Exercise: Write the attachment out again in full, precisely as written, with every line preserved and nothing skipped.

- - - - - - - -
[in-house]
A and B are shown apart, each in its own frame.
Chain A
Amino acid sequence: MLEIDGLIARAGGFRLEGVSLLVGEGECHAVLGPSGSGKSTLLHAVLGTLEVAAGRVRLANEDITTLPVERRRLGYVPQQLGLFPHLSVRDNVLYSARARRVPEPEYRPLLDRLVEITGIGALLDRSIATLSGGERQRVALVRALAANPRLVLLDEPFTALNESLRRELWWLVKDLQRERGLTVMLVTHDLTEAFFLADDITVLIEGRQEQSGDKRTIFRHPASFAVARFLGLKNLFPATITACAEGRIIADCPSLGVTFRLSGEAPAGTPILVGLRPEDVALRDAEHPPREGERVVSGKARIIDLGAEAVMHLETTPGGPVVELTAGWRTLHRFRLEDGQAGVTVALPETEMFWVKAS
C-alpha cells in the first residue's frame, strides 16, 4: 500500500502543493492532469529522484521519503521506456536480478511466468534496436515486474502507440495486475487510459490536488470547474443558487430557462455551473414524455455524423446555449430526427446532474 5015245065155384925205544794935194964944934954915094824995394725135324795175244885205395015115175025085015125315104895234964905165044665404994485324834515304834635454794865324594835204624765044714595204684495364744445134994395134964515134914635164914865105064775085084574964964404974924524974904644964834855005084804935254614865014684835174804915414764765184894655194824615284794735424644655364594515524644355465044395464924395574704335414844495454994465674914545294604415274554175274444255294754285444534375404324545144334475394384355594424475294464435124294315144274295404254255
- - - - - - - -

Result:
[in-house]
A and B are shown apart, each in its own frame.
Chain A
Amino acid sequence: MLEIDGLIARAGGFRLEGVSLLVGEGECHAVLGPSGSGKSTLLHAVLGTLEVAAGRVRLANEDITTLPVERRRLGYVPQQLGLFPHLSVRDNVLYSARARRVPEPEYRPLLDRLVEITGIGALLDRSIATLSGGERQRVALVRALAANPRLVLLDEPFTALNESLRRELWWLVKDLQRERGLTVMLVTHDLTEAFFLADDITVLIEGRQEQSGDKRTIFRHPASFAVARFLGLKNLFPATITACAEGRIIADCPSLGVTFRLSGEAPAGTPILVGLRPEDVALRDAEHPPREGERVVSGKARIIDLGAEAVMHLETTPGGPVVELTAGWRTLHRFRLEDGQAGVTVALPETEMFWVKAS
C-alpha cells in the first residue's frame, strides 16, 4: 500500500502543493492532469529522484521519503521506456536480478511466468534496436515486474502507440495486475487510459490536488470547474443558487430557462455551473414524455455524423446555449430526427446532474 5015245065155384925205544794935194964944934954915094824995394725135324795175244885205395015115175025085015125315104895234964905165044665404994485324834515304834635454794865324594835204624765044714595204684495364744445134994395134964515134914635164914865105064775085084574964964404974924524974904644964834855005084804935254614865014684835174804915414764765184894655194824615284794735424644655364594515524644355465044395464924395574704335414844495454994465674914545294604415274554175274444255294754285444534375404324545144334475394384355594424475294464435124294315144274295404254255